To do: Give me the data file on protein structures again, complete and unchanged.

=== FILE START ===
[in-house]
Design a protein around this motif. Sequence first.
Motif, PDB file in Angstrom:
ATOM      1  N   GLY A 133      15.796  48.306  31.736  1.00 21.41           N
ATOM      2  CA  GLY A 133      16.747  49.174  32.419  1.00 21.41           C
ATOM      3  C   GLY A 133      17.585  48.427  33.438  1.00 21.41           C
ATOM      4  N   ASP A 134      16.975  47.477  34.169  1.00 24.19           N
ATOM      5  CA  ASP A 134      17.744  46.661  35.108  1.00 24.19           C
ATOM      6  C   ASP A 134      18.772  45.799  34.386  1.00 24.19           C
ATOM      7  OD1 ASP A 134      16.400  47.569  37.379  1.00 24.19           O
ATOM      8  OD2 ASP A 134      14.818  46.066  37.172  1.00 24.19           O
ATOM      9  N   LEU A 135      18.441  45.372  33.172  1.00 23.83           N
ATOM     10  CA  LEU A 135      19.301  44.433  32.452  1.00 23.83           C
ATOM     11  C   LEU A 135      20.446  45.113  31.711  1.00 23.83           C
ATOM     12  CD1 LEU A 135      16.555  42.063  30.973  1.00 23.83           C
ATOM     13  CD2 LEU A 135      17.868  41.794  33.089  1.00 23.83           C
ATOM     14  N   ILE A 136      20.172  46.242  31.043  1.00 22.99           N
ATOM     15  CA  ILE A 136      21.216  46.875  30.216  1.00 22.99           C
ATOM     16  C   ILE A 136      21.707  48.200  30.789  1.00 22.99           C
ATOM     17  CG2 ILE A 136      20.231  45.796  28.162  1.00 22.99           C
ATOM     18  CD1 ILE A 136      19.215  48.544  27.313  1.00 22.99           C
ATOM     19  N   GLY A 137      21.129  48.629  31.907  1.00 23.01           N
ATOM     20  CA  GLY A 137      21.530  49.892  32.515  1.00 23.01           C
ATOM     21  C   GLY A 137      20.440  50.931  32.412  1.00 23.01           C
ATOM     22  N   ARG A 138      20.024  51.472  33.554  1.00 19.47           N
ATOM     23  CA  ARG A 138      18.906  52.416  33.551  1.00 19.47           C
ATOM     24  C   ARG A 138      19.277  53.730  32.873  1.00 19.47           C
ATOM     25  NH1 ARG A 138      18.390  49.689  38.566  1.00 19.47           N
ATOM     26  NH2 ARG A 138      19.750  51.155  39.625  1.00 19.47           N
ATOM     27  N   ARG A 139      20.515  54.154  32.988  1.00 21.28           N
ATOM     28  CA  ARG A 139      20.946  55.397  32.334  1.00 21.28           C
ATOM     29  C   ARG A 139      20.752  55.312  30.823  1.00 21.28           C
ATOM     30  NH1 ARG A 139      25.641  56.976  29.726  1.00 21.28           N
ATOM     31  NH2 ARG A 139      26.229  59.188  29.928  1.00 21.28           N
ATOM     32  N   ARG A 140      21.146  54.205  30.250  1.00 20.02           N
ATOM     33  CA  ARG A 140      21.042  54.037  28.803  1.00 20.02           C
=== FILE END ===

[in-house]
Design a protein around this motif. Sequence first.
Motif, PDB file in Angstrom:
ATOM      1  N   GLY A 133      15.796  48.306  31.736  1.00 21.41           N
ATOM      2  CA  GLY A 133      16.747  49.174  32.419  1.00 21.41           C
ATOM      3  C   GLY A 133      17.585  48.427  33.438  1.00 21.41           C
ATOM      4  N   ASP A 134      16.975  47.477  34.169  1.00 24.19           N
ATOM      5  CA  ASP A 134      17.744  46.661  35.108  1.00 24.19           C
ATOM      6  C   ASP A 134      18.772  45.799  34.386  1.00 24.19           C
ATOM      7  OD1 ASP A 134      16.400  47.569  37.379  1.00 24.19           O
ATOM      8  OD2 ASP A 134      14.818  46.066  37.172  1.00 24.19           O
ATOM      9  N   LEU A 135      18.441  45.372  33.172  1.00 23.83           N
ATOM     10  CA  LEU A 135      19.301  44.433  32.452  1.00 23.83           C
ATOM     11  C   LEU A 135      20.446  45.113  31.711  1.00 23.83           C
ATOM     12  CD1 LEU A 135      16.555  42.063  30.973  1.00 23.83           C
ATOM     13  CD2 LEU A 135      17.868  41.794  33.089  1.00 23.83           C
ATOM     14  N   ILE A 136      20.172  46.242  31.043  1.00 22.99           N
ATOM     15  CA  ILE A 136      21.216  46.875  30.216  1.00 22.99           C
ATOM     16  C   ILE A 136      21.707  48.200  30.789  1.00 22.99           C
ATOM     17  CG2 ILE A 136      20.231  45.796  28.162  1.00 22.99           C
ATOM     18  CD1 ILE A 136      19.215  48.544  27.313  1.00 22.99           C
ATOM     19  N   GLY A 137      21.129  48.629  31.907  1.00 23.01           N
ATOM     20  CA  GLY A 137      21.530  49.892  32.515  1.00 23.01           C
ATOM     21  C   GLY A 137      20.440  50.931  32.412  1.00 23.01           C
ATOM     22  N   ARG A 138      20.024  51.472  33.554  1.00 19.47           N
ATOM     23  CA  ARG A 138      18.906  52.416  33.551  1.00 19.47           C
ATOM     24  C   ARG A 138      19.277  53.730  32.873  1.00 19.47           C
ATOM     25  NH1 ARG A 138      18.390  49.689  38.566  1.00 19.47           N
ATOM     26  NH2 ARG A 138      19.750  51.155  39.625  1.00 19.47           N
ATOM     27  N   ARG A 139      20.515  54.154  32.988  1.00 21.28           N
ATOM     28  CA  ARG A 139      20.946  55.397  32.334  1.00 21.28           C
ATOM     29  C   ARG A 139      20.752  55.312  30.823  1.00 21.28           C
ATOM     30  NH1 ARG A 139      25.641  56.976  29.726  1.00 21.28           N
ATOM     31  NH2 ARG A 139      26.229  59.188  29.928  1.00 21.28           N
ATOM     32  N   ARG A 140      21.146  54.205  30.250  1.00 20.02           N
ATOM     33  CA  ARG A 140      21.042  54.037  28.803  1.00 20.02           C